The Doctor widened her eyes at her ship. "Please?"

The telepathic field around her seemed to be charging. Then, abruptly, it dropped away to normal levels, and down the corridor, a door popped open.

With a bright, wide grin, the Doctor sprinted down and rushed inside, then came to an abrupt stop. "Oh," she said.

It was another bedroom, looking like it had been left minutes ago. It had been centuries. Millennia, depending how you counted. But there were still silk pyjamas on the bed, and behind her, the Doctor could feel Jack stiffen when he caught sight of the greatcoat hanging on a coat rack.

"That's still here," he said flatly. His voice, like his body, seemed frozen.

The Doctor turned around, examining him. Both humour and worry had drained from his face, and he was staring blankly into the room that had once been his, centuries upon centuries ago.

"Jack?" she said softly, then flicked her finger under his chin.

He winced, then turned a glare at her, the blankness thankfully gone. "Hey! What was that for?" But there was still a disquieting distance in his voice, grating on the Doctor's nerves.

"Don't be a child." She turned around, strolled into the old bedroom, her fingers brushing briefly over the wool of the greatcoat. The smell that hung in the air wasn't stale at all, kept fresh by the TARDIS's temporal exceptions. Jack's old aftershave, a whiff of engine oil and electricity, a trace of fifty-first century human pheromones.

Nothing of Jack's present-day Vortex-charged fixedness, though of course he was bringing that inside now. No, what was still echoing in this room was the memory of the mortal man he'd been.

"Got you into my bedroom after all." Jack managed a lighter tone this time, rallying to some facsimile of his usual form. That was better. "I was really hoping at the time, you know."

"Mm. I remember a bit of that." They'd never made it there, at the time. A kiss in Kyoto should have been a start, but after that, there'd been time for nothing but a kiss good-bye. Of course, the regeneration after ...

The Doctor snorted as she saw what was lying on the desk. A single glove, decorated with nanofibre stitchery and specks of crystal. A device tuned to the local infonet on the planet they'd been visiting, but surely it could be reconfigured ...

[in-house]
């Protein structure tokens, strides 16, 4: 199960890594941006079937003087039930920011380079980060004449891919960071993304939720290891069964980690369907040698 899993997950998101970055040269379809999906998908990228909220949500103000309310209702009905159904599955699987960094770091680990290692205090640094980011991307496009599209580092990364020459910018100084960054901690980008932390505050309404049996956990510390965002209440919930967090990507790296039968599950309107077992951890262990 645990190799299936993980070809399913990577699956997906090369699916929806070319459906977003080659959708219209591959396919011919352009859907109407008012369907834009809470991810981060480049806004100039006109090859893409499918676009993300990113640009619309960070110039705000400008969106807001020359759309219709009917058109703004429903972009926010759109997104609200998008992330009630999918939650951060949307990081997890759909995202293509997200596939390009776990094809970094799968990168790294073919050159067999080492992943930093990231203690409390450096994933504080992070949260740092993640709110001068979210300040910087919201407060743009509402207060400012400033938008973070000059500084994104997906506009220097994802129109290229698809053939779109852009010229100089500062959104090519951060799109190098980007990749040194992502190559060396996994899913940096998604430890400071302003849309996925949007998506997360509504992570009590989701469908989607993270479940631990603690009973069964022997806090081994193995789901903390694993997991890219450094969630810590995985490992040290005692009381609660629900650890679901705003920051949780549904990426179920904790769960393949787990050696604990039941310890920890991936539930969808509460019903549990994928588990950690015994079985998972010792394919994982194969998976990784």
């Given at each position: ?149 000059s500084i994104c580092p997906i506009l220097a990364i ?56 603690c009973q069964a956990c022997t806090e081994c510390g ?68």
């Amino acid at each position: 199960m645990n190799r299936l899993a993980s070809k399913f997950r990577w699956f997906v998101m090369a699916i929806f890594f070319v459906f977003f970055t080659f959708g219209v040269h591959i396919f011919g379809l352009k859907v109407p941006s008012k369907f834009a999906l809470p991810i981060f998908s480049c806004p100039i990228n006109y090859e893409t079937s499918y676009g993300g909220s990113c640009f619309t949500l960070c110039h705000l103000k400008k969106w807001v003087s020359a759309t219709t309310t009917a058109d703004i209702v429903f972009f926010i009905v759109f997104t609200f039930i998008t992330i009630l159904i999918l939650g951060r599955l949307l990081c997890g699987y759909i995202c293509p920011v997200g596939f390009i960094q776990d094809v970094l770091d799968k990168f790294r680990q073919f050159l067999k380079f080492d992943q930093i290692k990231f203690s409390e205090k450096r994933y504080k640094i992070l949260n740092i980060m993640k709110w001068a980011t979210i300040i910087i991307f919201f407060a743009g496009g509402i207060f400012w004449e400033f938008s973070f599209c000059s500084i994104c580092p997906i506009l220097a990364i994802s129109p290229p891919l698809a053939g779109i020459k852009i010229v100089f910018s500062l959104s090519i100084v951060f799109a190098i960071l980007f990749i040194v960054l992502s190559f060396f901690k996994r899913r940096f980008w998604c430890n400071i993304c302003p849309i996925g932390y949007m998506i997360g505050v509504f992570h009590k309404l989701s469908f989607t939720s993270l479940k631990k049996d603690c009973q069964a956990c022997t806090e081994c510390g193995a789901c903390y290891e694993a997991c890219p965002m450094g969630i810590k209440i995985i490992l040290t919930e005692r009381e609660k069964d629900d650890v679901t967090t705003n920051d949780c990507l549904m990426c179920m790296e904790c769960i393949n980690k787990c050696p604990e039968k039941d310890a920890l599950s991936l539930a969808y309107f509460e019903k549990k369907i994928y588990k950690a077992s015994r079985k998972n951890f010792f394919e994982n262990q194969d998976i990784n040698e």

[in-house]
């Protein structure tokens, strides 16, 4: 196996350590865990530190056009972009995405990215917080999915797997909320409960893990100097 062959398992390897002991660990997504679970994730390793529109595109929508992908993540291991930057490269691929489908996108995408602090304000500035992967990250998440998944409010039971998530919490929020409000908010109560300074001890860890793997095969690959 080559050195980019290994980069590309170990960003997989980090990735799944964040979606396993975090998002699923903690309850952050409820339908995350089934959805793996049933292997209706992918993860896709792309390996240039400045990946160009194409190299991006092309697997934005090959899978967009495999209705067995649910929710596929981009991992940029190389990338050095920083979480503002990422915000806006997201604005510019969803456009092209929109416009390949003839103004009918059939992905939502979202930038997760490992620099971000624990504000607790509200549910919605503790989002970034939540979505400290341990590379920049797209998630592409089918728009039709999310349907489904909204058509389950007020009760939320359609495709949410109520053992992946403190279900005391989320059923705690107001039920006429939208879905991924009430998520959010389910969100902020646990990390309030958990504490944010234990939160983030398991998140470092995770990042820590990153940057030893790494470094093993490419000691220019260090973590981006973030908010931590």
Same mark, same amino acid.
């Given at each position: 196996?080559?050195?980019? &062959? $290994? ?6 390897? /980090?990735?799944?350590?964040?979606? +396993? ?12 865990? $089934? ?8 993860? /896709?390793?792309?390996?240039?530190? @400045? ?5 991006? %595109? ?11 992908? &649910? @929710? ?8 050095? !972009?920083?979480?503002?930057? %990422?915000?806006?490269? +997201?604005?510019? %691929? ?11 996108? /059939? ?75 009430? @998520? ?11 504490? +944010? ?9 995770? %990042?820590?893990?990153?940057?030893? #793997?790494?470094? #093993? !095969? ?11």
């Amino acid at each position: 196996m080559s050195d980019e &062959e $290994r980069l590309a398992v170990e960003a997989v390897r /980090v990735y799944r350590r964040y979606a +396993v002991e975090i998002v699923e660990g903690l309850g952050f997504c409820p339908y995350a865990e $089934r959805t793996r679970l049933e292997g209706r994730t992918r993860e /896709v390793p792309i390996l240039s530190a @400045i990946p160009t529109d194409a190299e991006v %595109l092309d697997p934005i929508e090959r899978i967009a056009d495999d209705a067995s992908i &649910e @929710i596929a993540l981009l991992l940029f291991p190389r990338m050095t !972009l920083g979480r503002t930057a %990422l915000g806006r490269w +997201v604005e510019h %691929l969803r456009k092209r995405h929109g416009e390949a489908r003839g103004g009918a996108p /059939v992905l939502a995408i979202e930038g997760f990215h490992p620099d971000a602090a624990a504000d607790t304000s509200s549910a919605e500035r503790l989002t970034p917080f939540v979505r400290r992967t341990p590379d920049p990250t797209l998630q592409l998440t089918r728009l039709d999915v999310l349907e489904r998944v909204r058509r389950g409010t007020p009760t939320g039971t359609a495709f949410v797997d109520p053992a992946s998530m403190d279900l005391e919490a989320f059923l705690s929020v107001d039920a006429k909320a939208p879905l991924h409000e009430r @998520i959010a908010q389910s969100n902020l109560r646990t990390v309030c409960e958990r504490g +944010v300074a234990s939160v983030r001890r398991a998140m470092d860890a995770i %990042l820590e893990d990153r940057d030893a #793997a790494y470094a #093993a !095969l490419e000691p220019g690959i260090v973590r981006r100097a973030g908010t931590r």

She picked it up. "You kept this?"

Jack came to stand next to her, considered the memento with an unreadable expression. "Jealous? You were at the time."

He'd claimed the same at the time - wrongly, of course. The Doctor smiled in nostalgia. Jack, mortal, had been a handful. Not that he wasn't now.

"No, I wasn't." It was only that Jack had been so absorbed with flirting with Aerihnya, that he'd been so pleased with her gift of a token, and the Doctor had - had -

It had been annoying, that was all.

"Yes, you were," Jack said, animation coming back into his features. "You were extra grumpy the rest of the day. Went into full show-off mode, you did. Rose noticed, too."

"You're one to talk about distraction," she huffed. "We'd never have ended up in that airlock if you -"

"If you hadn't poked your screwdriver into things," Jack said, and his grin was more real now. Enjoying the memory of an old argument.

It was fun, now. At the time, they'd both been sulking, truth be told. They'd been stuck in that airlock for hours. Rose had been shivering, and Jack had lent her his coat ...

Well. That hardly mattered now. Jack had been mortal then; it was forever ago.

The Doctor leaned into Jack, nudging him with an elbow. "Funny old times."

"Yeah." He wrapped an arm around her, accepting the comfort without comment. That was unusual, too - as unusual as the Doctor offering it. Normally he'd call the Doctor on an uncharacteristic gesture like that. After a moment Jack waved his free hand to indicate the room at large. "I didn't think this would still be here.'

"Everything's still here. Everything's always still here." She squeezed his shoulder lightly, her attention divided. Her friends were trapped on an ancient Callidian installation by an idiot trying to recreate the Franian Expansion Shield. The TARDIS was hiding that star map from the Doctor for whatever reasons of her own. And Jack was right here in body, but distracted in mind, unsettled by old memories.

Good memories, too, which only made them harder to accept at times. She should know.

"Why'd you think the TARDIS brought us here?" Jack murmured, echoing her own thoughts.